‘Sometimes it’s too much to bear, can you carry my load? I know the streets snatch you up so we rarely die old. I used to sleep next to bakeries to gain some warm. It’s kind of crazy how they saved me in the heart of the storm’.
The lyrics above sung by Australia’s Got Talent Semi-Finalist contender D Minor, still raw and real for the brave young people who shared their turbulent life stories with the audience from their time on streets.
It was an experience like no other. On the 1st of November 685 people who registered for the Stepping Stone House Sleep Under The Stars Event (SUTS), held at Hickson’s Reserve on Sydney Harbour started to arrive.
The event hosted by Not For Profit Organisation Stepping Stone House was designed to raise awareness and funds by giving the community a taste of homelessness by sleeping under the stars. That it did!
As participants began building their disposable accommodation laughing and carrying on getting ready for the night ahead a homeless man stumbles past, he was perplexed by what was unfolding. I paused for a moment and took a deep breath. The banter and noise around me suddenly muffled by my thoughts. It was as if everything was going in slow motion. At that very moment I experienced a flurry of emotions, sadness, guilt, anger swirled with a feeling of satisfaction that we were actively part of the change that Australia so desperately needs when it comes to homelessness.
While what we were doing was an incredible thing, it was for me, this moment, that truly epitomised the experience. The simple fact, there is no easy way to be homeless. Every moment or action needs to be carefully thought through. Finding a safe place to sleep is rare, limited bathrooms, being judged by everyone who walks past, eating whatever food can be sourced (if any). There is no scheduled daily routine. The focus as heard by our guest speakers is pure survival! What little items they have packed in a bag or shopping trolley, ready to relocate at any time, some younger than 10.
At 10, I have vivid memories of my parents yelling at me as I’m running out the door after school “be home before dark”. We all knew when the street lights came on it was time to stop playing and go home! A home where there was food on the table, chitter chat about what events had taken place that day and the possible luxury of some Neapolitan Ice Cream if we ate all our vegetables. In contrast to our homeless youth, I’d won Lotto.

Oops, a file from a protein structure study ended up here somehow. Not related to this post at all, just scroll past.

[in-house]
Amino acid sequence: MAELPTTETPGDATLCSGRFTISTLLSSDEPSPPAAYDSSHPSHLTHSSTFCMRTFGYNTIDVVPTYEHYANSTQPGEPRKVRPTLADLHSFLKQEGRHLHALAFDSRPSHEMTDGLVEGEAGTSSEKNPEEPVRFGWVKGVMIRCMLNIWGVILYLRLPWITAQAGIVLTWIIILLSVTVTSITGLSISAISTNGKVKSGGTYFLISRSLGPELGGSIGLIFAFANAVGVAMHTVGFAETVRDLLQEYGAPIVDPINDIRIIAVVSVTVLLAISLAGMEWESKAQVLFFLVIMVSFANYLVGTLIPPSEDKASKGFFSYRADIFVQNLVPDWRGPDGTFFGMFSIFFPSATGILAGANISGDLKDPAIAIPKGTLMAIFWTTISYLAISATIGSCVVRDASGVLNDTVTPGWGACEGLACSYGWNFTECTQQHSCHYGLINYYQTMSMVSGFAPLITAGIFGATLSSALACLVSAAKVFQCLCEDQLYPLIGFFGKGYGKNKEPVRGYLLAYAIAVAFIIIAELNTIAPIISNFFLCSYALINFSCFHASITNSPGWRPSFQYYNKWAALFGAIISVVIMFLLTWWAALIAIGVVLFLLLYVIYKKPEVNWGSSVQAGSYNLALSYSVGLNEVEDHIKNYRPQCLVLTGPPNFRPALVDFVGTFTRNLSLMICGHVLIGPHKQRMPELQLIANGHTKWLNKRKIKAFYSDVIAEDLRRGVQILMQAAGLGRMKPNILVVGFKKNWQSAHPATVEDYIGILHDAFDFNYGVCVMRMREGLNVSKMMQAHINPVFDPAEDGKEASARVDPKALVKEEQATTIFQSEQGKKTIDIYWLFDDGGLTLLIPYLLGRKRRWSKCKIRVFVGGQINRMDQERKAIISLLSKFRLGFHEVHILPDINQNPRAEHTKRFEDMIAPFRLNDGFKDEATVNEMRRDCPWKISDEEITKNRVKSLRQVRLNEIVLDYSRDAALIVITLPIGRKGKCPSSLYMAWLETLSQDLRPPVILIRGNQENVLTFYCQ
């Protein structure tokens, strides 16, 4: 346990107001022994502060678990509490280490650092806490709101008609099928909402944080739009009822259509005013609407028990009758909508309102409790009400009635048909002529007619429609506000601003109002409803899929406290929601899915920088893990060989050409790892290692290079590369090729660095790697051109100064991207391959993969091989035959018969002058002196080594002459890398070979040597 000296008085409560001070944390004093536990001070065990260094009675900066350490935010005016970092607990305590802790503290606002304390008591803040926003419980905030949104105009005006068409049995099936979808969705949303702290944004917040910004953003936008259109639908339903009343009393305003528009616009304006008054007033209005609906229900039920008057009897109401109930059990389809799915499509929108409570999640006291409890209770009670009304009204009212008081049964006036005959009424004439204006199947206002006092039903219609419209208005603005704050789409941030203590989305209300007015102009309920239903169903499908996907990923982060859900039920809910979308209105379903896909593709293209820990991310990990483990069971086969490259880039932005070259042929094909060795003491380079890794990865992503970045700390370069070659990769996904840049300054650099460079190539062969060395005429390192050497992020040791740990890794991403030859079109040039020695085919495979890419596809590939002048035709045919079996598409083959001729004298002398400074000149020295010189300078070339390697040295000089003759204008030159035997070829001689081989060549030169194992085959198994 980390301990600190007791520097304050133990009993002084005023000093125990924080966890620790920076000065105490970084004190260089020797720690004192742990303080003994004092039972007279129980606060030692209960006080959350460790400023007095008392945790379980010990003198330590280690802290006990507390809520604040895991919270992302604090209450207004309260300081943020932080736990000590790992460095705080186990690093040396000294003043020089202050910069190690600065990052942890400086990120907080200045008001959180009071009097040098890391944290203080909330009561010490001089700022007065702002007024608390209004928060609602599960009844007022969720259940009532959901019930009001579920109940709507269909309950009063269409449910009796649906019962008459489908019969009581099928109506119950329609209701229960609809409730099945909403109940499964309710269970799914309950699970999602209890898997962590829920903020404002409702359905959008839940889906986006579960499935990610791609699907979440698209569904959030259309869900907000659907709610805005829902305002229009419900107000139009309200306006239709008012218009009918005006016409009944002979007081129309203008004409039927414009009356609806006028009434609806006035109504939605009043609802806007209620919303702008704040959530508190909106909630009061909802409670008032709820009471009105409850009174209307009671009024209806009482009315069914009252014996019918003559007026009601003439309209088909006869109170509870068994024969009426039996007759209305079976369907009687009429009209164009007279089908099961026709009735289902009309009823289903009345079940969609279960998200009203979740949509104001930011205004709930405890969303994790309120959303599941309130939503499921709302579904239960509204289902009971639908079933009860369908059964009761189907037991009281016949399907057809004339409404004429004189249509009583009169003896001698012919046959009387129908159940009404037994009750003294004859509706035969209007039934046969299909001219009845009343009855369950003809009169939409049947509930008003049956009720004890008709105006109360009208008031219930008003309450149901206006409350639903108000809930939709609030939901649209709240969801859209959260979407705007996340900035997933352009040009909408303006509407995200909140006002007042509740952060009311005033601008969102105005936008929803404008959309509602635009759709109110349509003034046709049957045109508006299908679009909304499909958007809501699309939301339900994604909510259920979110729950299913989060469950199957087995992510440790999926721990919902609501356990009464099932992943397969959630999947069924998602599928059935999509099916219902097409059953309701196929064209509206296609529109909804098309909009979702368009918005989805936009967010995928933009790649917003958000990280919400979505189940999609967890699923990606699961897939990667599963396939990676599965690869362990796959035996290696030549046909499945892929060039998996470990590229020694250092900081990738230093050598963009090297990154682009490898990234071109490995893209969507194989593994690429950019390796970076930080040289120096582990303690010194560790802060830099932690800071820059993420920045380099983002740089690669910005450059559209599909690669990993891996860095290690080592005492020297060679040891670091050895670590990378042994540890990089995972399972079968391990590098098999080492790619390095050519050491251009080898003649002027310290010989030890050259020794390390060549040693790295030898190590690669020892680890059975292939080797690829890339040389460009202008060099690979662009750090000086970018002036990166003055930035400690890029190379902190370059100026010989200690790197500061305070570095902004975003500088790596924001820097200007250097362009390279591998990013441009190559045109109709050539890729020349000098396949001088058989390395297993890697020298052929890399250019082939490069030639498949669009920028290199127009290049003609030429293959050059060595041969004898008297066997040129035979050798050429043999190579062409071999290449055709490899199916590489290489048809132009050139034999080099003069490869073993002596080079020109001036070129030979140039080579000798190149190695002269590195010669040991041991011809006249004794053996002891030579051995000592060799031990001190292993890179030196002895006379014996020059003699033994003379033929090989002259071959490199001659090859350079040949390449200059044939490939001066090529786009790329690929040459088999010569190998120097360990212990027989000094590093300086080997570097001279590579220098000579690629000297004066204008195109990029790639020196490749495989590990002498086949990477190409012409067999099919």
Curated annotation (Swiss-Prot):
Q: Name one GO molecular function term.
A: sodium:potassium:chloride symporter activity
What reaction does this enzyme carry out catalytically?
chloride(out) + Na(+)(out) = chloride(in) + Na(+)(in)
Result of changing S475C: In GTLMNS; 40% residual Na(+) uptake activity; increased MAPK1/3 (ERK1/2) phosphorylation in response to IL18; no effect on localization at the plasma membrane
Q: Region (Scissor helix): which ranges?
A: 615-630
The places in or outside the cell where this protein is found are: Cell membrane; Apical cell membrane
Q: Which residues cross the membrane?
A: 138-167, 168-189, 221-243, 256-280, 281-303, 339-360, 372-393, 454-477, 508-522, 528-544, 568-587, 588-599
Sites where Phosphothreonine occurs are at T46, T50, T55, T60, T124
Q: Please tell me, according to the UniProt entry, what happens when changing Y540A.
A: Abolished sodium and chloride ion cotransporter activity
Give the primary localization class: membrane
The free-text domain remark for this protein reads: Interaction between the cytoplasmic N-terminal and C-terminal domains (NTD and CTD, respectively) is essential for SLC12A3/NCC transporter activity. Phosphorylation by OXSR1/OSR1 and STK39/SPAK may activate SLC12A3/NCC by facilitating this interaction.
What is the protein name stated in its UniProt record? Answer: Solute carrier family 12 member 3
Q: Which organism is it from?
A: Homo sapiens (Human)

That evening, we experienced strong northeasterly winds, our box shelters, and items blowing about but it was a far cry from a hailstorm, treacherous rain or a 45 degree summer day.
What we achieved that night was impressive, through the event we collectively raised $497,241.00 something we can and should all truly be proud of.
For every dollar invested in our youth homelessness through long term housing and education programs like Stepping Stone House, it saves taxpayers $3.40 in welfare support later on. That’s a good ROI in my eyes.
For the incredible 65 Kennards Team Members, our suppliers, families, and friends who donated (some Team Members even making multiple donations) please know your money will make a lifetime of difference to the young people in their care.
To my fellow FREEDOM Fighters, my Team who bravely got behind the event and slept rough for the evening, Kudos to you. While most were sleeping in their comfy beds, you were selflessly sleeping on a piece of cardboard in the elements.
The money raised will support 13 youth at risk for a whole year through the Stepping Stone House Full Care Program. In five years Stepping Stone house has a goal to increase this to 200 across various locations in Australia.
As Jason Juretic (Stepping Stone House CEO) recently said in an article “It takes a village to raise a child. Everyone who took part that night combined with everyone who donated is that village.”
To all involved thanks for being part of the change and giving our youth at risk the chance to make their mark in this world.